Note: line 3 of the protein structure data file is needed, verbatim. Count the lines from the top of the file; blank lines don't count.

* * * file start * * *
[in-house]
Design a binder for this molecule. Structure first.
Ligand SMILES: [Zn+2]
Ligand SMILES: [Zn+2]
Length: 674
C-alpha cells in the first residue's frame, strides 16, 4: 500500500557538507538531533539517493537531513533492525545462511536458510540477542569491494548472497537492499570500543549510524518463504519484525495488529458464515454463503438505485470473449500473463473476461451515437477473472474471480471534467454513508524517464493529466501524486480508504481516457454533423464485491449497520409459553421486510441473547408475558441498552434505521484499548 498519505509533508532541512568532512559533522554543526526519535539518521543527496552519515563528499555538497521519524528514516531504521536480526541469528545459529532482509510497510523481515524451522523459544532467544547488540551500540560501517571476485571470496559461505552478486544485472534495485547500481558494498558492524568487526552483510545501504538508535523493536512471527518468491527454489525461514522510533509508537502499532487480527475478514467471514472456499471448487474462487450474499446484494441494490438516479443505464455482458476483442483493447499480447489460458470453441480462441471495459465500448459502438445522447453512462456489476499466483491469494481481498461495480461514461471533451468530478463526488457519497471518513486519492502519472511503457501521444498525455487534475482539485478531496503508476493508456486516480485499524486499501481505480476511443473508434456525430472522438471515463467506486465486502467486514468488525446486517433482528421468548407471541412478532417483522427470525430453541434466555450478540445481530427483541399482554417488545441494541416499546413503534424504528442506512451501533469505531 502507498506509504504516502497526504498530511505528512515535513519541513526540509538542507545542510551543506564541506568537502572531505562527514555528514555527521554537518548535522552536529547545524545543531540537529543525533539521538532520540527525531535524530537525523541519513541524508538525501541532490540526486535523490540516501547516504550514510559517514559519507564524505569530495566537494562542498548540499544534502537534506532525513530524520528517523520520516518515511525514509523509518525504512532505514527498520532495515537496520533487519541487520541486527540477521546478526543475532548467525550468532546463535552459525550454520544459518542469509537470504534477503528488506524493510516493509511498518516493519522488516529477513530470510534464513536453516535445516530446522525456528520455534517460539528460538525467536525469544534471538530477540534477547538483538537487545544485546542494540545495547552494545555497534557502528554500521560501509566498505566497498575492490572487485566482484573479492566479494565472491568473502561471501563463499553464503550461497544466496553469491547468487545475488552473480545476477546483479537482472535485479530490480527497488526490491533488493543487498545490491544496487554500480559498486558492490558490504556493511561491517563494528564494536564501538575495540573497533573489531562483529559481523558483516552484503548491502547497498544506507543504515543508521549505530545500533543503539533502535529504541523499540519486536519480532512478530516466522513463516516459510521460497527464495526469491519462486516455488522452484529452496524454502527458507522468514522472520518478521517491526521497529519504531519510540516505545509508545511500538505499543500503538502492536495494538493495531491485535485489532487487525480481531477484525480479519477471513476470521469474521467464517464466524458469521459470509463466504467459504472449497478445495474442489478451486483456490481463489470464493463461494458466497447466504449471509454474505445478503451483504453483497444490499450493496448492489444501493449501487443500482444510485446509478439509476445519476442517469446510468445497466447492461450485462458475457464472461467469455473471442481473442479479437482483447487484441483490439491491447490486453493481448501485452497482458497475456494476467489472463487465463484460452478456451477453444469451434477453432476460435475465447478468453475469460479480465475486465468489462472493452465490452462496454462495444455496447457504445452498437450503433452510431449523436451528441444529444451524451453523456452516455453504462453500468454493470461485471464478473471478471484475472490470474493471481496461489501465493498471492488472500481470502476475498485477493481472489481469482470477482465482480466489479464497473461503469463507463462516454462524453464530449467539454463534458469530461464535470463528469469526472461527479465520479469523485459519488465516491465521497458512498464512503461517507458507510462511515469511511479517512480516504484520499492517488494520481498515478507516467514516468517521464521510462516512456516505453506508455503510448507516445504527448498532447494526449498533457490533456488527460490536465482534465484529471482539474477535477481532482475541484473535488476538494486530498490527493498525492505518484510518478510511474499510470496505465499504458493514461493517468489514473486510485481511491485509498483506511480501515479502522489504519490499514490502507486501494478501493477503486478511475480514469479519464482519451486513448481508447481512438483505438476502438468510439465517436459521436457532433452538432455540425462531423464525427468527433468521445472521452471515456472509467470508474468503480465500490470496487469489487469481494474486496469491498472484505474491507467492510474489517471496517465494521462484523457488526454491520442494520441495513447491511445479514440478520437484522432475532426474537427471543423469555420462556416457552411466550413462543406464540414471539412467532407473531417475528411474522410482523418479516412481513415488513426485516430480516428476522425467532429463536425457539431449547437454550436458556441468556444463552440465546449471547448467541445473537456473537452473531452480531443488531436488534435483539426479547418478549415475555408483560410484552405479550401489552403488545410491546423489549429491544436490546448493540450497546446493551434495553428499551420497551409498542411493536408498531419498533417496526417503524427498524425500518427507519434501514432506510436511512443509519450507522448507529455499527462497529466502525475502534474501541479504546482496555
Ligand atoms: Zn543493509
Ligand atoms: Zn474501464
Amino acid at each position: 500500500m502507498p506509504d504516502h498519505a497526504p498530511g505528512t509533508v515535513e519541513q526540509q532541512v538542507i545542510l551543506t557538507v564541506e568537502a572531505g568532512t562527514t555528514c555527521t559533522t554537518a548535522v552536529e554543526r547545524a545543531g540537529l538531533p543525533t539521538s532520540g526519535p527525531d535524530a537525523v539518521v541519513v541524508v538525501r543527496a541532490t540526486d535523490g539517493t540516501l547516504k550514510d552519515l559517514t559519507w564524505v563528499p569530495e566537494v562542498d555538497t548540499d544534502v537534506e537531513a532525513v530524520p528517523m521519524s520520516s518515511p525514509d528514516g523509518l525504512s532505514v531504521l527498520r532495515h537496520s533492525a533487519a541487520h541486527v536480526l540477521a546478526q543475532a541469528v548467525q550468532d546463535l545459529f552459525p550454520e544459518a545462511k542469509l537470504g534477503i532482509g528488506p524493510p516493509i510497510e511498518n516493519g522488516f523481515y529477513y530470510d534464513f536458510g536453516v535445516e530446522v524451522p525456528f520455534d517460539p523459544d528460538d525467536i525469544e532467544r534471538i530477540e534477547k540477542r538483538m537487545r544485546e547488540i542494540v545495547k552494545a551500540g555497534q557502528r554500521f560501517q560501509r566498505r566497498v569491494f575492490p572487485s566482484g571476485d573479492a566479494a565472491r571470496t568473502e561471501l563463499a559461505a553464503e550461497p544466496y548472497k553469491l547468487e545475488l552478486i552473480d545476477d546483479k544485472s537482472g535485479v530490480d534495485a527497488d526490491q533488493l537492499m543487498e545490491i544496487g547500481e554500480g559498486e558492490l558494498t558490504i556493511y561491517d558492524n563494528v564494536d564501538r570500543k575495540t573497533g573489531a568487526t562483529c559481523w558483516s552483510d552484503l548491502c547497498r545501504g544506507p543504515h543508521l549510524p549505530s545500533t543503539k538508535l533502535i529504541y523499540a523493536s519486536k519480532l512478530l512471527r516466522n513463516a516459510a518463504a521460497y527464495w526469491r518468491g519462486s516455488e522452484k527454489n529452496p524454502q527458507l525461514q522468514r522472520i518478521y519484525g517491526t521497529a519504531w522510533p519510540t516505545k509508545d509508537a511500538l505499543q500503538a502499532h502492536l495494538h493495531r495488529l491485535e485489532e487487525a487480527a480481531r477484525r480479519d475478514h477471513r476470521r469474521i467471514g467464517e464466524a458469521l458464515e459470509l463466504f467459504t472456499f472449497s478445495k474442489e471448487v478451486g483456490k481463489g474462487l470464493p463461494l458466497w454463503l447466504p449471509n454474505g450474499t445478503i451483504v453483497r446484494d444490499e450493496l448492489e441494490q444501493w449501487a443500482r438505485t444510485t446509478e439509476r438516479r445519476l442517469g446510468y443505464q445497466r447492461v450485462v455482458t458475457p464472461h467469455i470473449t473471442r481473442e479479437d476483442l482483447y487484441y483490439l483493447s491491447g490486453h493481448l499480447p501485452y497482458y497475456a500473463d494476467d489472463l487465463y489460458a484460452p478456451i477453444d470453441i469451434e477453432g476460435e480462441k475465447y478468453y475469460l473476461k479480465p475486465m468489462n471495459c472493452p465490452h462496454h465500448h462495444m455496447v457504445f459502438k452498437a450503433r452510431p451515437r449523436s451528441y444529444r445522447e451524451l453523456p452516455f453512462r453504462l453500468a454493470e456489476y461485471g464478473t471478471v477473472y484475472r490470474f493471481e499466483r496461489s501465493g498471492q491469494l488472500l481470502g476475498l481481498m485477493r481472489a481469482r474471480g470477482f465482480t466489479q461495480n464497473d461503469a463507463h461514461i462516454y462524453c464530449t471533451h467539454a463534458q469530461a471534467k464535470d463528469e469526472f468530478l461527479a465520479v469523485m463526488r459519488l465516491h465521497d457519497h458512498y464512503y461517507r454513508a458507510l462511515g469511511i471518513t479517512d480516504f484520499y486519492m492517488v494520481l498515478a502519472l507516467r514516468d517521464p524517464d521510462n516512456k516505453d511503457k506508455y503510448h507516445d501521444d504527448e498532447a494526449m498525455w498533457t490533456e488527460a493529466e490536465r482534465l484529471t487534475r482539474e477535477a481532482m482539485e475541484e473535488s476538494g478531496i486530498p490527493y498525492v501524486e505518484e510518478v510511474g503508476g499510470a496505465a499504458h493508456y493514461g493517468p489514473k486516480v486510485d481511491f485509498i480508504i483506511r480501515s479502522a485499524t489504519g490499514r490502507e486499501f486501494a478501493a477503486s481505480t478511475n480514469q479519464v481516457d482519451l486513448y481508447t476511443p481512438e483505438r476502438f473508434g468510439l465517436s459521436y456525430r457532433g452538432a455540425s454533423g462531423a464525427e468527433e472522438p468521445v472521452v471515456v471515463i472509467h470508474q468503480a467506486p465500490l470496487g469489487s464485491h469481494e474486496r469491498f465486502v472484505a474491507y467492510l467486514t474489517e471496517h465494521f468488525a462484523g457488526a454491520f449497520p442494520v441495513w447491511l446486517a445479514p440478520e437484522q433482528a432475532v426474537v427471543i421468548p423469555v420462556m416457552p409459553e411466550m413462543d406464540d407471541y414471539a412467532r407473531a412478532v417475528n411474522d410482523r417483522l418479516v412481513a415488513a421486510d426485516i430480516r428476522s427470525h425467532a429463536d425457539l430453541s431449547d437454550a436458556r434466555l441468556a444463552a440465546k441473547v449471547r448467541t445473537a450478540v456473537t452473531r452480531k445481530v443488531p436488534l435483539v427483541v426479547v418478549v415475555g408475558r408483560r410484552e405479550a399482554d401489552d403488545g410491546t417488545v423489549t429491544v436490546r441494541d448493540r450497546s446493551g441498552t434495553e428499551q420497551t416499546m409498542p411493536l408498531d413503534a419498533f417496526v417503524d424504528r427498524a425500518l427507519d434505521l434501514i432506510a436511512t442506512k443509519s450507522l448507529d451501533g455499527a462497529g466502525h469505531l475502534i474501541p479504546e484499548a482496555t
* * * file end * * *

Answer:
Ligand SMILES: [Zn+2]